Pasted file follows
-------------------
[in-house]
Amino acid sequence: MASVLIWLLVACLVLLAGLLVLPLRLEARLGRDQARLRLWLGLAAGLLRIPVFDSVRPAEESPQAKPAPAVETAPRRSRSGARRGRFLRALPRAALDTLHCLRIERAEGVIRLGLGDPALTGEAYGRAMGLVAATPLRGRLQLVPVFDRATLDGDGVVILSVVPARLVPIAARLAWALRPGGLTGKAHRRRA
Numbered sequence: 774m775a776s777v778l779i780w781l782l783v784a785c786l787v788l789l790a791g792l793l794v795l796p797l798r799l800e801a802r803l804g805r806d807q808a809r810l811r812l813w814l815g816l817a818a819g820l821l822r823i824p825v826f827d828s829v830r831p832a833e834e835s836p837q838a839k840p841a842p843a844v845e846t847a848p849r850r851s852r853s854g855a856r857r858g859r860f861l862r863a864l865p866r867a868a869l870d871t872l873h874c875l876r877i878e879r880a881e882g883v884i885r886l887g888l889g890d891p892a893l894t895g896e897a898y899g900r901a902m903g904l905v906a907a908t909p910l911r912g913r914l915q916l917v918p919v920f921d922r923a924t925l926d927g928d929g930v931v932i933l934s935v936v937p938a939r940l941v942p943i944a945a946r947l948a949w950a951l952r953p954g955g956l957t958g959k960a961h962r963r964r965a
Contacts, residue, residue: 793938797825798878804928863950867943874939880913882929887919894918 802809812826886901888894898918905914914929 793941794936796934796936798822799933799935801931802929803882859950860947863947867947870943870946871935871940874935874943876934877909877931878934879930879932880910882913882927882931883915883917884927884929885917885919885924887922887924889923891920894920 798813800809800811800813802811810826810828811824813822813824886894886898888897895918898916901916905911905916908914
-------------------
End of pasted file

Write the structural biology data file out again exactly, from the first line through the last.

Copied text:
[in-house]
Amino acid sequence: MASVLIWLLVACLVLLAGLLVLPLRLEARLGRDQARLRLWLGLAAGLLRIPVFDSVRPAEESPQAKPAPAVETAPRRSRSGARRGRFLRALPRAALDTLHCLRIERAEGVIRLGLGDPALTGEAYGRAMGLVAATPLRGRLQLVPVFDRATLDGDGVVILSVVPARLVPIAARLAWALRPGGLTGKAHRRRA
Numbered sequence: 774m775a776s777v778l779i780w781l782l783v784a785c786l787v788l789l790a791g792l793l794v795l796p797l798r799l800e801a802r803l804g805r806d807q808a809r810l811r812l813w814l815g816l817a818a819g820l821l822r823i824p825v826f827d828s829v830r831p832a833e834e835s836p837q838a839k840p841a842p843a844v845e846t847a848p849r850r851s852r853s854g855a856r857r858g859r860f861l862r863a864l865p866r867a868a869l870d871t872l873h874c875l876r877i878e879r880a881e882g883v884i885r886l887g888l889g890d891p892a893l894t895g896e897a898y899g900r901a902m903g904l905v906a907a908t909p910l911r912g913r914l915q916l917v918p919v920f921d922r923a924t925l926d927g928d929g930v931v932i933l934s935v936v937p938a939r940l941v942p943i944a945a946r947l948a949w950a951l952r953p954g955g956l957t958g959k960a961h962r963r964r965a
Contacts, residue, residue: 793938797825798878804928863950867943874939880913882929887919894918 802809812826886901888894898918905914914929 793941794936796934796936798822799933799935801931802929803882859950860947863947867947870943870946871935871940874935874943876934877909877931878934879930879932880910882913882927882931883915883917884927884929885917885919885924887922887924889923891920894920 798813800809800811800813802811810826810828811824813822813824886894886898888897895918898916901916905911905916908914